It’s a chicken broth, but with soft braised pork belly. The broth is a bit lighter than typical pork based broths and doesn’t have all that much flavor. They thicken things up with a dreamy poached egg and rainbow chard. We suggest adding matzoh balls, which you can do to any ramen dish.
A Korean style bowl, with a twist. The twist being braised oxtail as the meat instead of pork. The broth is pork based though, and had a real nice kick to it thanks to chili paste. If you like it spicy, this is the one for you.
Cooled Sesame Szechuan Noodles
We actually ordered the lone cold noodles dish on the menu as an app to share and that was a solid move. We loved the addition of kimchi pickled veggies and smoked tofu to the Szechuan noodles equation.
You Might Also Like
Not the cheapest bowl of noodles in New York, and maybe not even the best, but Momofuku Noodle Bar is an indisputable Infatuation favorite. Come for all the other amazing things this place has to offer, like fried chicken, pork buns, and a soft serve machine.
Shalom Japan is what happens when a pair of chefs from different backgrounds (Japanese and Jewish) meet, fall in love, and start making food instead of babies. This exceptional Williamsburg spot should be at the top of your Hit List.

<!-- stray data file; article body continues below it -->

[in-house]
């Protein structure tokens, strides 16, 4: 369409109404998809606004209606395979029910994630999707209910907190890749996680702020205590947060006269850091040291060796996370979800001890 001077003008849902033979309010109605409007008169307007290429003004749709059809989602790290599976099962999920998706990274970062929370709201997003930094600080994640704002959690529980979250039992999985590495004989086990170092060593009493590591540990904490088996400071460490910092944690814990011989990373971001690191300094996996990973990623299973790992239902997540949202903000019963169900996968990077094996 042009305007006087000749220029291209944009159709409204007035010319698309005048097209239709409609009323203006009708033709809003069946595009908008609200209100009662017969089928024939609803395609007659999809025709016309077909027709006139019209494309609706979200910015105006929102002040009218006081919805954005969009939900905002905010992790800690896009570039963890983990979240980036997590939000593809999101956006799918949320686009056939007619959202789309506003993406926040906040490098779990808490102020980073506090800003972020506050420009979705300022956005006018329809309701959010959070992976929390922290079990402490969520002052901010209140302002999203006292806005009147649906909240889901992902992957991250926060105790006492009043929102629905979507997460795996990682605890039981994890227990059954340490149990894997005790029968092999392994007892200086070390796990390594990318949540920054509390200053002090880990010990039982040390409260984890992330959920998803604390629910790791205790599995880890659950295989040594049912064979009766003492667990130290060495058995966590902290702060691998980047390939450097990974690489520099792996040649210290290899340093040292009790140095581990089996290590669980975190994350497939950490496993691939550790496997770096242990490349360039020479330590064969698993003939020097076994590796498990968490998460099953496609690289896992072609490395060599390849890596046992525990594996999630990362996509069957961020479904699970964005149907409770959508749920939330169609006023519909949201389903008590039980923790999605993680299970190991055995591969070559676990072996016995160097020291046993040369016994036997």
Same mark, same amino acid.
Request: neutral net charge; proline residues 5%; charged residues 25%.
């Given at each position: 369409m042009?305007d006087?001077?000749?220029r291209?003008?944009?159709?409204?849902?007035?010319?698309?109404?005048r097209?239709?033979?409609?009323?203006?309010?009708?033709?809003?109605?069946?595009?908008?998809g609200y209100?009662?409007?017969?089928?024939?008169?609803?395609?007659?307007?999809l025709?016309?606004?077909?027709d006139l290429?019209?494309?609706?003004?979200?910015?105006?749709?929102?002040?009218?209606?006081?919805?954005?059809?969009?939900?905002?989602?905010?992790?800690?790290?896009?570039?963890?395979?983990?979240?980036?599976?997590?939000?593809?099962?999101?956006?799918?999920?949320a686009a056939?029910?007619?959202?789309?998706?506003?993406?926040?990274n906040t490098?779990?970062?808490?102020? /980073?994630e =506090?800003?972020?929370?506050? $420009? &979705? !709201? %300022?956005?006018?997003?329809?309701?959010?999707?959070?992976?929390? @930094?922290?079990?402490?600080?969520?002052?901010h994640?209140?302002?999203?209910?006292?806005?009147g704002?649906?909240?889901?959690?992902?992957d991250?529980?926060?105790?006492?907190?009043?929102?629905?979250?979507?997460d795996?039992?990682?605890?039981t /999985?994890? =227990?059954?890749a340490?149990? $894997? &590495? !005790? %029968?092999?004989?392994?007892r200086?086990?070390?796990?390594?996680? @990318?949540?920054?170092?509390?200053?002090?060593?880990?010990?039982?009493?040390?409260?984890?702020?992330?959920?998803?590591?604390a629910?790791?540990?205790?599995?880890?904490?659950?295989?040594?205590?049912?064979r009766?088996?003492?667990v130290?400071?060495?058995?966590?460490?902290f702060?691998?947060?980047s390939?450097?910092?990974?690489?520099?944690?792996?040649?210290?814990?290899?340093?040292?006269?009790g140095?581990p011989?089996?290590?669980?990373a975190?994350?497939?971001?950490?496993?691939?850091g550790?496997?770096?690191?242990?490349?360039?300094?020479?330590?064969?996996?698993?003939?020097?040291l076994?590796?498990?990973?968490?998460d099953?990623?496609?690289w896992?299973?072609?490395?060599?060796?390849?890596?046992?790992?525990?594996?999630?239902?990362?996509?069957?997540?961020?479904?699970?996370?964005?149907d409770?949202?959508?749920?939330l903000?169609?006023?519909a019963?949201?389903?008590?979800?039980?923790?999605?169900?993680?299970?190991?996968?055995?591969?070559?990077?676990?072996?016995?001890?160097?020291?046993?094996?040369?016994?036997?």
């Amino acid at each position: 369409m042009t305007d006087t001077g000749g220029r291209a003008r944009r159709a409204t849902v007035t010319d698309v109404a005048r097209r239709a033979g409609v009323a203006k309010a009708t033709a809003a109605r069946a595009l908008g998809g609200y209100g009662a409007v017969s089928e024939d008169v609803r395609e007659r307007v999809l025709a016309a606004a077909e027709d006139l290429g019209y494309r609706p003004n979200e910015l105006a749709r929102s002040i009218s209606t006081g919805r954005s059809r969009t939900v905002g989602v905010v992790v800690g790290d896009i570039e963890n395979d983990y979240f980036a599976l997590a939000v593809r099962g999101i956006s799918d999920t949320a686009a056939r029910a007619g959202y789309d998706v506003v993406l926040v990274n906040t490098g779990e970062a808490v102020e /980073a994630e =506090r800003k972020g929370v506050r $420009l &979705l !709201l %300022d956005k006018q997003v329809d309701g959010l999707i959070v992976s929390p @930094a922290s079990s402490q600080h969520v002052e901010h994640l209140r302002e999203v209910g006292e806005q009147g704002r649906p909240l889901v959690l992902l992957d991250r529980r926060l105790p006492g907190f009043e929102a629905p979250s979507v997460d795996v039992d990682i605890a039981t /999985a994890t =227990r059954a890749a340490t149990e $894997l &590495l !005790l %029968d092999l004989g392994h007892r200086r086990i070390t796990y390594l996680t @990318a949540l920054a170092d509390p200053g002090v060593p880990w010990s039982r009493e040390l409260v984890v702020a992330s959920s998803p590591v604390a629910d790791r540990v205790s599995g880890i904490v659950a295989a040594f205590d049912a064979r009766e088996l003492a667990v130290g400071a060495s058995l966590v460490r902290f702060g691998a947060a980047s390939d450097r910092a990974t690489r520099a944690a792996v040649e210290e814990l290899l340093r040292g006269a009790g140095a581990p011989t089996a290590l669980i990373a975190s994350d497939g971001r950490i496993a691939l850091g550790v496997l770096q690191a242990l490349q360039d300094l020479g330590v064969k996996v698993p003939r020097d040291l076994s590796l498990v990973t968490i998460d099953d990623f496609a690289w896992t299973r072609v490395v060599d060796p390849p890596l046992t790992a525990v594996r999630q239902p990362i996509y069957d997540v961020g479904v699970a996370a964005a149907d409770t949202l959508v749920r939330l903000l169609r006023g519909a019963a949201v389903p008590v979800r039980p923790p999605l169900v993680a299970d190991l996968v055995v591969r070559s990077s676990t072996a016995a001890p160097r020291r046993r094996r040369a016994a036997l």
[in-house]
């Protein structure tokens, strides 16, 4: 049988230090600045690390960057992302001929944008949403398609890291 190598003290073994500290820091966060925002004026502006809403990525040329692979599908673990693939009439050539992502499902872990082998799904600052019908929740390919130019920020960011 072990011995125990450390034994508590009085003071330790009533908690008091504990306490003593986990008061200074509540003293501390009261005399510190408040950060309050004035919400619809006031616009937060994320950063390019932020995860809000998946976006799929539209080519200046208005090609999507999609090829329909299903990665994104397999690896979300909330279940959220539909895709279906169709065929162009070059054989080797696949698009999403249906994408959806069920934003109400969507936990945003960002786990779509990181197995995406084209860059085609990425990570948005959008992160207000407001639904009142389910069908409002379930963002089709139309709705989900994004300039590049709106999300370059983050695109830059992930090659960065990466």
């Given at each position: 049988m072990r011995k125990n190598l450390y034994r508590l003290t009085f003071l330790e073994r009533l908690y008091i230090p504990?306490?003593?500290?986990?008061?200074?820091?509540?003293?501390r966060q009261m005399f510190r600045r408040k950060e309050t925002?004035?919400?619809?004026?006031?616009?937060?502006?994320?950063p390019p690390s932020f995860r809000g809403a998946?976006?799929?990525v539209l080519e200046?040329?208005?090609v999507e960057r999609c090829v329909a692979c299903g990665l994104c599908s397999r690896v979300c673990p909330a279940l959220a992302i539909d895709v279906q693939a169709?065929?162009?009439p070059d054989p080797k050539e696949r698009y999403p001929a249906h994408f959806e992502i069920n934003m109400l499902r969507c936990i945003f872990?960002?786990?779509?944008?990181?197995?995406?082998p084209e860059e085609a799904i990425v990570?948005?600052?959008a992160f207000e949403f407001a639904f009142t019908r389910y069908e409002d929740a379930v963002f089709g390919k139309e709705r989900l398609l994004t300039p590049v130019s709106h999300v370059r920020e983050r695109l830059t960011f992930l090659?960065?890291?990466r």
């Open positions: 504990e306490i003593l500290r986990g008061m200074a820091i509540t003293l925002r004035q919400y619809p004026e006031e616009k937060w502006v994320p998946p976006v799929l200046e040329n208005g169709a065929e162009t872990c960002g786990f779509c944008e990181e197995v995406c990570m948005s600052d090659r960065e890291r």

Welcome to our favorite ramen joint in Brooklyn. Three blocks from the Barclays Center, Chuko is not only an ideal pre-game move, but hip, cool, and constantly buzzing.
It’s clear that the guys at Do Or Dine don’t take themselves too seriously, and it’s also clear that they’re extremely dedicated to their craft. We like that.
King Noodle’s chef and owner has mastered the art of stoner food. This place is the antithesis of Authentic Ethnic Eats. Dude is making an Asian-style carbonara with Doritos in it – we have officially reached the point of no return.
If you're in Boerum Hill, Ganso is a good place to stop in for a quick, cheap meal. But there’s no need to make a ramen pilgrimage here since you can probably find a bowl just as good somewhere in your neighborhood.